Three Americans are that lucky by the book’s end.  (Dorothy and Button-Bright head home, to return in later books.)  The first two can be fairly said to have earned their place at the royal palace. The Wizard of Oz is welcomed for his work in building the Emerald City.  (My cynical side thinks that the Ozites might also be hoping that the former ruler might pick up some of the leadership slack—in this book, Ozma, unsurprisingly, is so behind on party preparations that she can’t even properly welcome her guests, in the third straight screw-up of her none-too-lengthy reign.)  Bellina the chicken earned her place by rescuing the royal family of Ev and Ozma’s entire expedition.

The Shaggy Man, the third, is a bum and a self-confessed thief.

He does little in the book except escort Dorothy to Oz*, and given that Ozma could have rescued Dorothy at any moment with her Magic Belt (Ozma of course does no such useful thing), his presence hardly seems absolutely necessary. He’s friendly and relaxed enough, certainly, and his baseball skills help the group escape from the Scoodlers, and he takes rather well to having his head transformed to that of a donkey.

But back to the questionable morals. In the first chapter, he casually steals apples and Dorothy’s little dog. Once in Oz, he confirms that this has not been his first act of thievery—he also stole the Love Magnet. He isn’t overly regretful about this, since the Love Magnet has made everyone love him and helped bring him to Oz.  His distaste for actual work—a characteristic he will retain throughout all the Oz books—remains apparent.

And yet he receives a warm welcome and a suite of rooms at the royal palace, along with gems, fine clothing and more of his favorite apples.


This, in a children’s book? From a writer working in a country ostensibly extolling the virtues of hard work and progress—right after the hardworking Zeb and Jim the cabhorse had been made to feel unwelcome in Oz?

Anyway, once at the party, Baum tries a little cross marketing with a rather clever trick—having each and every one of his characters from other books show up at Ozma’s birthday party, in the hopes that these cameo appearances would intrigue his young readers enough that they would beg for his other books. His hopes flopped—those sales stayed stagnant, and as a kid, I was intrigued only by the mysterious and beautiful Queen Zixi of Ix—but it’s an interesting early example of crossover fiction.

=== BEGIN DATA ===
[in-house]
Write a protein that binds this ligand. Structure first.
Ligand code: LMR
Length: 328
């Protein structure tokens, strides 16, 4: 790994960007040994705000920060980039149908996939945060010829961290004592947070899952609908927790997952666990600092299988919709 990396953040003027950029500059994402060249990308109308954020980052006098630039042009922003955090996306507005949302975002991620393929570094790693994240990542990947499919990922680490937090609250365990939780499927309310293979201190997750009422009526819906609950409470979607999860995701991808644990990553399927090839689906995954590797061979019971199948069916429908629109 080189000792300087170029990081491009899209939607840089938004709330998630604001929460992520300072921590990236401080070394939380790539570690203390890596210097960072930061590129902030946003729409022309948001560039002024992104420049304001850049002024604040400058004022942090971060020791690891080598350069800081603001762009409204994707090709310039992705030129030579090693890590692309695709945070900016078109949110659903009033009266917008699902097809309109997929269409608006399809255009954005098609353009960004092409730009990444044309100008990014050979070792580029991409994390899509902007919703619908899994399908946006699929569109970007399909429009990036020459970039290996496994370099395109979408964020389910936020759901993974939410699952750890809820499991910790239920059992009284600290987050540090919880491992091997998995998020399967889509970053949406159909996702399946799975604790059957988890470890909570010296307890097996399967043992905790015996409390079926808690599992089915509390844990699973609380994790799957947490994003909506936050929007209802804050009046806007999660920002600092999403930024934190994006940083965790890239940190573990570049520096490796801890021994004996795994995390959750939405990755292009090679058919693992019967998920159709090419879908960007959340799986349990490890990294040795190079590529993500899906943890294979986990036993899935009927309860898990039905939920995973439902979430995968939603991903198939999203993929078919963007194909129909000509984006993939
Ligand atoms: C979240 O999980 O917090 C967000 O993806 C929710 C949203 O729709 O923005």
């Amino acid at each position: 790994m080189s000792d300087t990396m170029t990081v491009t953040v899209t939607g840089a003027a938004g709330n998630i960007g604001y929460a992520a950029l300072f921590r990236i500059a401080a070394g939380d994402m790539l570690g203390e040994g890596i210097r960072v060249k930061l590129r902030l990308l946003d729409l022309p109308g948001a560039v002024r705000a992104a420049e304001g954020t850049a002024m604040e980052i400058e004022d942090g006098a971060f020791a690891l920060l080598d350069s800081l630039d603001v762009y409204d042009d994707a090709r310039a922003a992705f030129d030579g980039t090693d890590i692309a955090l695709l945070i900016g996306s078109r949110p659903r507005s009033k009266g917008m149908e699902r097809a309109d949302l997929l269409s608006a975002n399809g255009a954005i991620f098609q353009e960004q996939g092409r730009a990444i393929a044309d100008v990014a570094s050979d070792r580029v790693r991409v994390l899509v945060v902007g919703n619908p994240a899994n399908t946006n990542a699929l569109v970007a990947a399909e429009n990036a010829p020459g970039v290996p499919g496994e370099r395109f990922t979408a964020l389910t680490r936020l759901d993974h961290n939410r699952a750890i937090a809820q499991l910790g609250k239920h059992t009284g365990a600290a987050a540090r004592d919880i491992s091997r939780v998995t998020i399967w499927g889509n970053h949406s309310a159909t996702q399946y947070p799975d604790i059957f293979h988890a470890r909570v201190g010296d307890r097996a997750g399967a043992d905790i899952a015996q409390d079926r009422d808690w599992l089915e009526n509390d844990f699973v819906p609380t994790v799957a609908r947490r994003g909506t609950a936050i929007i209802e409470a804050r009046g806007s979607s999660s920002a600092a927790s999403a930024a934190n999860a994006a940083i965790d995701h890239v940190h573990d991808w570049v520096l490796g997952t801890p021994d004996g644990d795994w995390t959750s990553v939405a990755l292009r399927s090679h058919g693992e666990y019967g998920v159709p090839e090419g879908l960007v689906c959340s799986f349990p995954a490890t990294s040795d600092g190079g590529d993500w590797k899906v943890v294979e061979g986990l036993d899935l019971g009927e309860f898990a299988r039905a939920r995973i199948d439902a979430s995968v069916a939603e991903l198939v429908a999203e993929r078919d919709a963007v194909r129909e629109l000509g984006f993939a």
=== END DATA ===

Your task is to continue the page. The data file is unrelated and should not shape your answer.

And if the party itself is kind of a letdown after all of that buildup, as a child I was more than happy to envision myself right there with Dorothy and her friends, welcoming the strange and marvelous characters from Oz and other lands. I was and am enthralled with the idea of a fairy falling off a rainbow, forced to dance and dance to stay warm on the cold earth.  (I have to confess: I still sneak a look or two at rainbows to see if I can catch a glimpse of one.) And perhaps, too, I felt comforted with the knowledge that if the Shaggy Man could be welcomed in Oz, anyone could. I know I kept an eye out for magical belts and shoes and rainbows and shifting roads, and I doubt I was the only one.


* Incidentally, one detail showing a major cultural shift from the early twentieth century to today: Baum doesn’t expect us to bat an eye at the concept of an eleven-year-old walking off with a tramp to the nearby road crossings, much less Oz, a thought that would have many parents panicking today. Admittedly, he’s walking off with Dorothy, who has so far escapped savage beasts, mean vegetable people and wicked Nomes without a qualm, but still.

Mari Ness is still keeping a hopeful eye on rainbows, although she regretfully reports a distressing lack of falling rainbow fairies in central Florida, where she lives.

Clay Cox
1. Clay Cox
I love these articles. I never read all of the OZ books when I was a kid, but even as an adult I find them incredibly fascinating. Can't wait for the rest of your series on OZ.